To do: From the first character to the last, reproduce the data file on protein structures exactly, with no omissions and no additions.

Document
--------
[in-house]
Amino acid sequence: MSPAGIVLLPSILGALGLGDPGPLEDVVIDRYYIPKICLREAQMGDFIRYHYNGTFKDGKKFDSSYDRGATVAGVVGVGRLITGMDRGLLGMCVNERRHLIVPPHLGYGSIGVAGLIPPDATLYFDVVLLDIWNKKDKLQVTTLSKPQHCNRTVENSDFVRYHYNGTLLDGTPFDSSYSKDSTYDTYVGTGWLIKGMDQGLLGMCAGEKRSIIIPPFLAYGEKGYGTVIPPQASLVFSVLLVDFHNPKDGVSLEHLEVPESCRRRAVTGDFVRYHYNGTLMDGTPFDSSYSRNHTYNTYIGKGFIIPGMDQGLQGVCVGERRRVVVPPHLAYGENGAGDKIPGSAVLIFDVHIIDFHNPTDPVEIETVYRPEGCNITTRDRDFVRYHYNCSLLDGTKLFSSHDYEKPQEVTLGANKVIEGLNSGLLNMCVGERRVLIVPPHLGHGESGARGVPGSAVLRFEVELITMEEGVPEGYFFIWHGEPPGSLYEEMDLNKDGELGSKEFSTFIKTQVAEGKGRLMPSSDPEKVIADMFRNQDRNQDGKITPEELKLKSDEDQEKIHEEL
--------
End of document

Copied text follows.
[in-house]
Amino acid sequence: MSPAGIVLLPSILGALGLGDPGPLEDVVIDRYYIPKICLREAQMGDFIRYHYNGTFKDGKKFDSSYDRGATVAGVVGVGRLITGMDRGLLGMCVNERRHLIVPPHLGYGSIGVAGLIPPDATLYFDVVLLDIWNKKDKLQVTTLSKPQHCNRTVENSDFVRYHYNGTLLDGTPFDSSYSKDSTYDTYVGTGWLIKGMDQGLLGMCAGEKRSIIIPPFLAYGEKGYGTVIPPQASLVFSVLLVDFHNPKDGVSLEHLEVPESCRRRAVTGDFVRYHYNGTLMDGTPFDSSYSRNHTYNTYIGKGFIIPGMDQGLQGVCVGERRRVVVPPHLAYGENGAGDKIPGSAVLIFDVHIIDFHNPTDPVEIETVYRPEGCNITTRDRDFVRYHYNCSLLDGTKLFSSHDYEKPQEVTLGANKVIEGLNSGLLNMCVGERRVLIVPPHLGHGESGARGVPGSAVLRFEVELITMEEGVPEGYFFIWHGEPPGSLYEEMDLNKDGELGSKEFSTFIKTQVAEGKGRLMPSSDPEKVIADMFRNQDRNQDGKITPEELKLKSDEDQEKIHEEL